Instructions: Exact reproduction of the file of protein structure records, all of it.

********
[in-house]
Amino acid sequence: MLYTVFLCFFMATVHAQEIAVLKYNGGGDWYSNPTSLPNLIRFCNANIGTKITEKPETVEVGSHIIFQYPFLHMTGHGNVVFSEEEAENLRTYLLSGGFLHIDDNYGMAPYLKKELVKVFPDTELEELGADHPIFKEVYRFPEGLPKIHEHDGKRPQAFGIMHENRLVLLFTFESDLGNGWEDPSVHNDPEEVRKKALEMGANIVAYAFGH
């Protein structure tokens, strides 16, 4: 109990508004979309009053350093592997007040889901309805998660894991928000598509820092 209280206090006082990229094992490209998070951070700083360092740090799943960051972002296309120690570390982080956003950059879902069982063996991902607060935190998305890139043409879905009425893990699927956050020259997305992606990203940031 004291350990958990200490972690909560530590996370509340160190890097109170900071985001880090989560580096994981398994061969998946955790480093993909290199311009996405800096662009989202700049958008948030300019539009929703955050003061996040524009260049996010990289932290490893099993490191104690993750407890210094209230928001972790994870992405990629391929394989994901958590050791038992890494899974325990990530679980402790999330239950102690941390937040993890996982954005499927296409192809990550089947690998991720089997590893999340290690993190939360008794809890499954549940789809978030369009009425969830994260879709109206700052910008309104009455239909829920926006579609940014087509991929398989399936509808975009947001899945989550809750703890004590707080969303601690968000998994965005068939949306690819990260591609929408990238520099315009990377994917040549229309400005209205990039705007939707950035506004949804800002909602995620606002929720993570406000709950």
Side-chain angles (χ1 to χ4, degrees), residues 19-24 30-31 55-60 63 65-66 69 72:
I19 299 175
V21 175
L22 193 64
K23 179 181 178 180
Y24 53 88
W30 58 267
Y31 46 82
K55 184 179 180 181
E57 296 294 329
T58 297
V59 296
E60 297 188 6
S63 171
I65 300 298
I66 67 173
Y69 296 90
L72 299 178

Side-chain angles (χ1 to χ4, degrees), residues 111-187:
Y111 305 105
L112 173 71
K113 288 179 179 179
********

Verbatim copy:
[in-house]
Amino acid sequence: MLYTVFLCFFMATVHAQEIAVLKYNGGGDWYSNPTSLPNLIRFCNANIGTKITEKPETVEVGSHIIFQYPFLHMTGHGNVVFSEEEAENLRTYLLSGGFLHIDDNYGMAPYLKKELVKVFPDTELEELGADHPIFKEVYRFPEGLPKIHEHDGKRPQAFGIMHENRLVLLFTFESDLGNGWEDPSVHNDPEEVRKKALEMGANIVAYAFGH
């Protein structure tokens, strides 16, 4: 109990508004979309009053350093592997007040889901309805998660894991928000598509820092 209280206090006082990229094992490209998070951070700083360092740090799943960051972002296309120690570390982080956003950059879902069982063996991902607060935190998305890139043409879905009425893990699927956050020259997305992606990203940031 004291350990958990200490972690909560530590996370509340160190890097109170900071985001880090989560580096994981398994061969998946955790480093993909290199311009996405800096662009989202700049958008948030300019539009929703955050003061996040524009260049996010990289932290490893099993490191104690993750407890210094209230928001972790994870992405990629391929394989994901958590050791038992890494899974325990990530679980402790999330239950102690941390937040993890996982954005499927296409192809990550089947690998991720089997590893999340290690993190939360008794809890499954549940789809978030369009009425969830994260879709109206700052910008309104009455239909829920926006579609940014087509991929398989399936509808975009947001899945989550809750703890004590707080969303601690968000998994965005068939949306690819990260591609929408990238520099315009990377994917040549229309400005209205990039705007939707950035506004949804800002909602995620606002929720993570406000709950």
Side-chain angles (χ1 to χ4, degrees), residues 19-24 30-31 55-60 63 65-66 69 72:
I19 299 175
V21 175
L22 193 64
K23 179 181 178 180
Y24 53 88
W30 58 267
Y31 46 82
K55 184 179 180 181
E57 296 294 329
T58 297
V59 296
E60 297 188 6
S63 171
I65 300 298
I66 67 173
Y69 296 90
L72 299 178

Side-chain angles (χ1 to χ4, degrees), residues 111-187:
Y111 305 105
L112 173 71
K113 288 179 179 179